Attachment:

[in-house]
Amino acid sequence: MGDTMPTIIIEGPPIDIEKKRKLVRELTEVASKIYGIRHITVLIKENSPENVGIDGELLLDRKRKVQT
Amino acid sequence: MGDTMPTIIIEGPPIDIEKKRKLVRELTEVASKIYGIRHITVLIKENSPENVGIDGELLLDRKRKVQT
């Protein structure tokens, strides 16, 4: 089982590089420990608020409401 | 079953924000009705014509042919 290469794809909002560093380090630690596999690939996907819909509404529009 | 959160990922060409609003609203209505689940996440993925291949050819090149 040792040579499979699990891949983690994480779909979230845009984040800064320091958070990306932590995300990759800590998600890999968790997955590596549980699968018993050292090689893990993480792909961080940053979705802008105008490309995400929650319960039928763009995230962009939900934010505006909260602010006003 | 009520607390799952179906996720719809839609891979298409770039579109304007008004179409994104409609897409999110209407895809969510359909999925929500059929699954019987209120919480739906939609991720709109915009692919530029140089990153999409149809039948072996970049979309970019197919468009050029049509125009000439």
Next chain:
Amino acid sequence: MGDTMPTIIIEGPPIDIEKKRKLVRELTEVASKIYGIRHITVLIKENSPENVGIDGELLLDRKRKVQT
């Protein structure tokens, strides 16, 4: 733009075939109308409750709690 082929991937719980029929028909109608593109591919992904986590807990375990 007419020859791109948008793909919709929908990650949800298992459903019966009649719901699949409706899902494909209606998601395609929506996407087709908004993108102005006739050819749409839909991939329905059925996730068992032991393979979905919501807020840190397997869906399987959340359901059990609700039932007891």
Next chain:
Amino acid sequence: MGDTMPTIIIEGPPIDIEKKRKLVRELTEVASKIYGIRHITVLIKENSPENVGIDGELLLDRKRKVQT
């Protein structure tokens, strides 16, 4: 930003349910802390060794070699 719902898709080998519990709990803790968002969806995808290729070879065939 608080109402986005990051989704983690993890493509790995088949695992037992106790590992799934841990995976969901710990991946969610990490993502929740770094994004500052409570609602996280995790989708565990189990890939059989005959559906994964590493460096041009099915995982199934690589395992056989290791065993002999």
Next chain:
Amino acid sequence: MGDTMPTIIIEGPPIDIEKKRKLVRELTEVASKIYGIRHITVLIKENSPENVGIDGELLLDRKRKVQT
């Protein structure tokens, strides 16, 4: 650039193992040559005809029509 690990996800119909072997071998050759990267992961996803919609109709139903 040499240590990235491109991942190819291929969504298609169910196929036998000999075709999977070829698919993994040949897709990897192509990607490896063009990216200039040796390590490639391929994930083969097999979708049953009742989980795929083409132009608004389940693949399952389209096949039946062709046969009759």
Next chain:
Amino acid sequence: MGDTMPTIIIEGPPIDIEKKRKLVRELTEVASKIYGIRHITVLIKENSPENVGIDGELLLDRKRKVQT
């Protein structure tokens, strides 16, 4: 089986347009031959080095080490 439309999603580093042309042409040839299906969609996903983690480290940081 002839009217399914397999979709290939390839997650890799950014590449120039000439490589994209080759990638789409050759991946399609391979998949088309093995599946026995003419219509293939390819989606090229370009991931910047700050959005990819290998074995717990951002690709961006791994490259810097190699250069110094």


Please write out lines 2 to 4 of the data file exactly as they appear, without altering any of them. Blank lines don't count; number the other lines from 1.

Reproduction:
Amino acid sequence: MGDTMPTIIIEGPPIDIEKKRKLVRELTEVASKIYGIRHITVLIKENSPENVGIDGELLLDRKRKVQT
Amino acid sequence: MGDTMPTIIIEGPPIDIEKKRKLVRELTEVASKIYGIRHITVLIKENSPENVGIDGELLLDRKRKVQT
């Protein structure tokens, strides 16, 4: 089982590089420990608020409401 | 079953924000009705014509042919 290469794809909002560093380090630690596999690939996907819909509404529009 | 959160990922060409609003609203209505689940996440993925291949050819090149 040792040579499979699990891949983690994480779909979230845009984040800064320091958070990306932590995300990759800590998600890999968790997955590596549980699968018993050292090689893990993480792909961080940053979705802008105008490309995400929650319960039928763009995230962009939900934010505006909260602010006003 | 009520607390799952179906996720719809839609891979298409770039579109304007008004179409994104409609897409999110209407895809969510359909999925929500059929699954019987209120919480739906939609991720709109915009692919530029140089990153999409149809039948072996970049979309970019197919468009050029049509125009000439």